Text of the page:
paper  SSRN  philosophy_of_law  moral_philosophy  metaethics  morality-objective  rights-legal  norms  torture  Anscombe  Finnis  Kant-ethics  morality-divine_command  deontology  consequentialism  downloaded  EF-add 
july 2014 by dunnettreader
Brian Leiter - Marx, Law, Ideology, Legal Positivism (2014) :: SSRN
This essay -- for the UVA conference on "Jurisprudence and History" -- offers an account of Marx’s theory of history and his claim that law (and morality) are "ideological," and then asks what theory of law is adequate to explain the way the Marxist theory understands law in both its ideological and non-ideological senses. In Marx's theory we need to be able to say what law is in three contexts: (1) there are the laws that constitute the relations of production, i.e., the scheme of property rights in the existing forces of production; (2) there are the laws (and associated legal beliefs, e.g., "you are entitled to equal protection of the law") that are superstructural and ideological in the pejorative sense; and (3) there are the laws that are non-ideological and superstructural because they characterize the legal relations of a non-class-based, i.e., a communist, society. I explain these different senses of law in Marx's theory and then argue that legal positivism, unlike other views about the nature of law, gives us a sensible explanation of law for purposes of the Marxist theory of historical change. That fact, in turn, gives us another data point in favor of positivism as the only serious explanation of the concept of law. -- Keywords: Iegal positivism, Marx, Hart, Dworkin Finnis, ideology -- downloaded pdf to Note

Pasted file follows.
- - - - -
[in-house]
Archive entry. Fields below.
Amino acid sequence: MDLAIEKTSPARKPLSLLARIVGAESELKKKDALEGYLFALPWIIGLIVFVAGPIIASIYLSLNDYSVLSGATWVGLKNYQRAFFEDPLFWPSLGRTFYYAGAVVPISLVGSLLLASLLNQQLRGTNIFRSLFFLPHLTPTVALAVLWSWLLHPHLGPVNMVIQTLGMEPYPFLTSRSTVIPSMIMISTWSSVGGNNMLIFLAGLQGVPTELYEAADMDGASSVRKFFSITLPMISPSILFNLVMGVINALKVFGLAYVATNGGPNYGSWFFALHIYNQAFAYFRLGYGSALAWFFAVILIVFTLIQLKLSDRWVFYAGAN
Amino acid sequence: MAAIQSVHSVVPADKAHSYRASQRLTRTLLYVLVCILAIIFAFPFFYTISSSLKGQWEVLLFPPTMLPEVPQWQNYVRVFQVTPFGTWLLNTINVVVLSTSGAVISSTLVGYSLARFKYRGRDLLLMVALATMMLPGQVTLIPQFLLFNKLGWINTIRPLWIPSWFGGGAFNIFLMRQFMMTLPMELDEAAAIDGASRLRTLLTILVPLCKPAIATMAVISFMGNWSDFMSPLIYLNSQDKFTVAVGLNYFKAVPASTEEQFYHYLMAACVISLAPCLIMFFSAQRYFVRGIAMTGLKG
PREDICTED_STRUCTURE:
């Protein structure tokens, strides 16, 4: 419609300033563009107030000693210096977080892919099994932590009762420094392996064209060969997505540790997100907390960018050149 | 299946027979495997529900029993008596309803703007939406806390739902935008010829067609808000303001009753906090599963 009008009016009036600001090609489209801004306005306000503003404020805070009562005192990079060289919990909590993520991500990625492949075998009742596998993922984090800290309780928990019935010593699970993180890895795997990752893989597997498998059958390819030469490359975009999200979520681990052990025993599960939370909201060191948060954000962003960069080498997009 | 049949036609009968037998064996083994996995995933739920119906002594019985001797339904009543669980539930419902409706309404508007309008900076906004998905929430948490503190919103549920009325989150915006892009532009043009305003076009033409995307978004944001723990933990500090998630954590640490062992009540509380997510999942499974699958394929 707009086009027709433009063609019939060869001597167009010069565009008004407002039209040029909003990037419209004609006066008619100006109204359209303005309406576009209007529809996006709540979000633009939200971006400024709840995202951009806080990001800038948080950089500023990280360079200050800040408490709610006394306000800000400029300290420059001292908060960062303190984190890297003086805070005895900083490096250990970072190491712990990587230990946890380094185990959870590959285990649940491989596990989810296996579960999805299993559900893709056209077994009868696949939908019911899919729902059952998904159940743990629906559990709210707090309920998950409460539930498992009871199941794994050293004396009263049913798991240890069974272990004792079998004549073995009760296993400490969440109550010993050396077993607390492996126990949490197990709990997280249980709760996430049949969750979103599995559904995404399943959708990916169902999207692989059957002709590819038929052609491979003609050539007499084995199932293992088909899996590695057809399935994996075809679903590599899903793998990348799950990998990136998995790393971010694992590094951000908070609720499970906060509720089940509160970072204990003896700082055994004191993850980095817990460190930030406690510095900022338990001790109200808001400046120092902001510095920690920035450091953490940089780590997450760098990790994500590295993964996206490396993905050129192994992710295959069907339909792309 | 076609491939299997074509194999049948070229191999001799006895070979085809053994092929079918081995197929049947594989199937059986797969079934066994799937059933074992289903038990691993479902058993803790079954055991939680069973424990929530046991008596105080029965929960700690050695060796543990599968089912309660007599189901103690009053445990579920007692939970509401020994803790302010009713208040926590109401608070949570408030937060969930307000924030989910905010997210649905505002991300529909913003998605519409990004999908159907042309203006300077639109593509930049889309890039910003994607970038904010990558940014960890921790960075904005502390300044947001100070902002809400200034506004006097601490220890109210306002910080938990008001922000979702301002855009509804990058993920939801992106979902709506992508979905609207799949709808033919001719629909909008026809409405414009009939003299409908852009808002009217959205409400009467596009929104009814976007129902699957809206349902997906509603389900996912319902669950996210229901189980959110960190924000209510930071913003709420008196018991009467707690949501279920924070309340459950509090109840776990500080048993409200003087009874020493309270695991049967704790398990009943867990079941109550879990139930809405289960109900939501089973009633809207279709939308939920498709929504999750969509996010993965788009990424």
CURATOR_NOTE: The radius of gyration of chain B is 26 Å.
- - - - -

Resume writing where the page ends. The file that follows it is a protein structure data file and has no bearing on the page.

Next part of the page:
paper  SSRN  philosophy_of_law  social_theory  historiography  historical_sociology  historiography-19thC  historiography-Marxist  historical_change  legal_history  legal_system  ideology  property  property_rights  positivism-legal  Marx  Hart  Dworkin  Finnis  natural_law  natural_rights  rights-legal  legal_culture  legal_realism  downloaded  EF-add 
july 2014 by dunnettreader
Sir William Blackstone, Commentaries on the Laws of England in Four Books, vol. 1 of 2 ( Books 1 & 2) (1893 ed with selected notes from prior editors) - Online Library of Liberty
Sir William Blackstone, Commentaries on the Laws of England in Four Books. Notes selected from the editions of Archibold, Christian, Coleridge, Chitty, Stewart, Kerr, and others, Barron Field’s Analysis, and Additional Notes, and a Life of the Author by George Sharswood. In Two Volumes. (Philadelphia: J.B. Lippincott Co., 1893). Vol. 1 – Books I & II. 07/17/2014. <http://oll.libertyfund.org/titles/2140> -- A two volume edition of the classic work on English law by Blackstone. This edition is interesting because it includes the commentaries of at least 5 previous editors of Blackstone’s work along with additional notes by Sharswood, the Chief Justice of the Supreme Court of Pennsylvania. Vol. 1 contains the Introduction to the Study of the Laws of England, Book I Of the Rights of Persons, and Book II The Rights of Things. -- downloaded mobi version of book scan OCR